Date of Graduation

Spring 5-15-2020

Document Type


Degree Name

Master of Science in International and Development Economics (MSIDEC)


College of Arts and Sciences



First Advisor

Bruce Wydick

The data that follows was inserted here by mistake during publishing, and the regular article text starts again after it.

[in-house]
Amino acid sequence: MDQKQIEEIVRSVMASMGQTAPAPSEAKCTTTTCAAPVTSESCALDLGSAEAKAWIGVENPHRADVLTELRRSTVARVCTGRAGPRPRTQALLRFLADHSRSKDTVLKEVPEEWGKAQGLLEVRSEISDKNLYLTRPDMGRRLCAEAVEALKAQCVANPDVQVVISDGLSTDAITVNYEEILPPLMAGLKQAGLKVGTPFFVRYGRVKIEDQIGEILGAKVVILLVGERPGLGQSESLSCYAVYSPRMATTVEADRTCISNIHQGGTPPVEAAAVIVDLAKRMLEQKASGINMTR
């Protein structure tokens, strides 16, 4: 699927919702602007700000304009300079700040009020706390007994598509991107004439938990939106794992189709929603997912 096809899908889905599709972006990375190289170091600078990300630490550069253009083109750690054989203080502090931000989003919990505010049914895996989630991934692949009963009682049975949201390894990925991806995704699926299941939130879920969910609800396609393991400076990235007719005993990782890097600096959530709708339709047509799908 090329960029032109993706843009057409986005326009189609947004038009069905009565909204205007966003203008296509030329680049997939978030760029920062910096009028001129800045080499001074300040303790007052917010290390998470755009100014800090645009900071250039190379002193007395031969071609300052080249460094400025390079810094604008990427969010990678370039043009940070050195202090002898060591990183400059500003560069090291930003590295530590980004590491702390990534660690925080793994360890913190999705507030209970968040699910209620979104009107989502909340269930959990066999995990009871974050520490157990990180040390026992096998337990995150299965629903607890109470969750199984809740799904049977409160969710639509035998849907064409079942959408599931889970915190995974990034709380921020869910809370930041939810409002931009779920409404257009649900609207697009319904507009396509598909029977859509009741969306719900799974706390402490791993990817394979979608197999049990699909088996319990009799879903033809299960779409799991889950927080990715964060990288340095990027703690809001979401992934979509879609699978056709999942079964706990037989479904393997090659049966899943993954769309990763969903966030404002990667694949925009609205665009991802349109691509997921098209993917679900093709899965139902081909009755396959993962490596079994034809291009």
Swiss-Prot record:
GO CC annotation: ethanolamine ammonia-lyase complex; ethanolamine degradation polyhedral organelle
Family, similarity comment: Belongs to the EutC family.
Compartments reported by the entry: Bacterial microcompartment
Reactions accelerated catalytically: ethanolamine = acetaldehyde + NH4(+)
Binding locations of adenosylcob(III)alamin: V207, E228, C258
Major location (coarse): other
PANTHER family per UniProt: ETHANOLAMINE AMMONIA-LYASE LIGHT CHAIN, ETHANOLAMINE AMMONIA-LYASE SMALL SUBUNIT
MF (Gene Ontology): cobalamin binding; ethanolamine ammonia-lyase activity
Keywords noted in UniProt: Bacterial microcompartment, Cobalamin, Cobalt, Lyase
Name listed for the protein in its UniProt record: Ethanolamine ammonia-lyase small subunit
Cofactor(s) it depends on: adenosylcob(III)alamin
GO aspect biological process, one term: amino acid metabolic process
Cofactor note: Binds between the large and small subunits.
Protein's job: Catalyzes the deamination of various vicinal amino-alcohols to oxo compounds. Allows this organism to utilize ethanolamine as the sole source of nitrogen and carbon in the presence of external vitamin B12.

Microbusinesses are stagnant in growth across least developed countries due to their lack of managerial skills and limited access to the credit market. Current business methods aimed at increasing profitability for microentrepreneurs with limited capital in developing countries are only moderately successful in increasing growth. Having a mentor that has a localized business understanding can provide their mentee with the proper guidance on how to effectively manage their business to increase growth. This paper presents the results for a randomized controlled trial which identifies the average treatment effects of meeting with a mentor and observes the impact on business growth for female micro-entrepreneurs in Medellín, Colombia. I find that mentoring does not prove to be an effective intervention to increase business growth for female microentrepreneurs; however, the intervention did yield decreases in costs which is in parallel with recent literature. After implementing a LASSO regression, I observe that those who had less experience, had more than 40 years of age, and owned a clothing business, were subgroups that benefitted from mentoring the most. Thus, future mentoring interventions can consider these results for targeting microentrepreneurs in future mentoring interventions.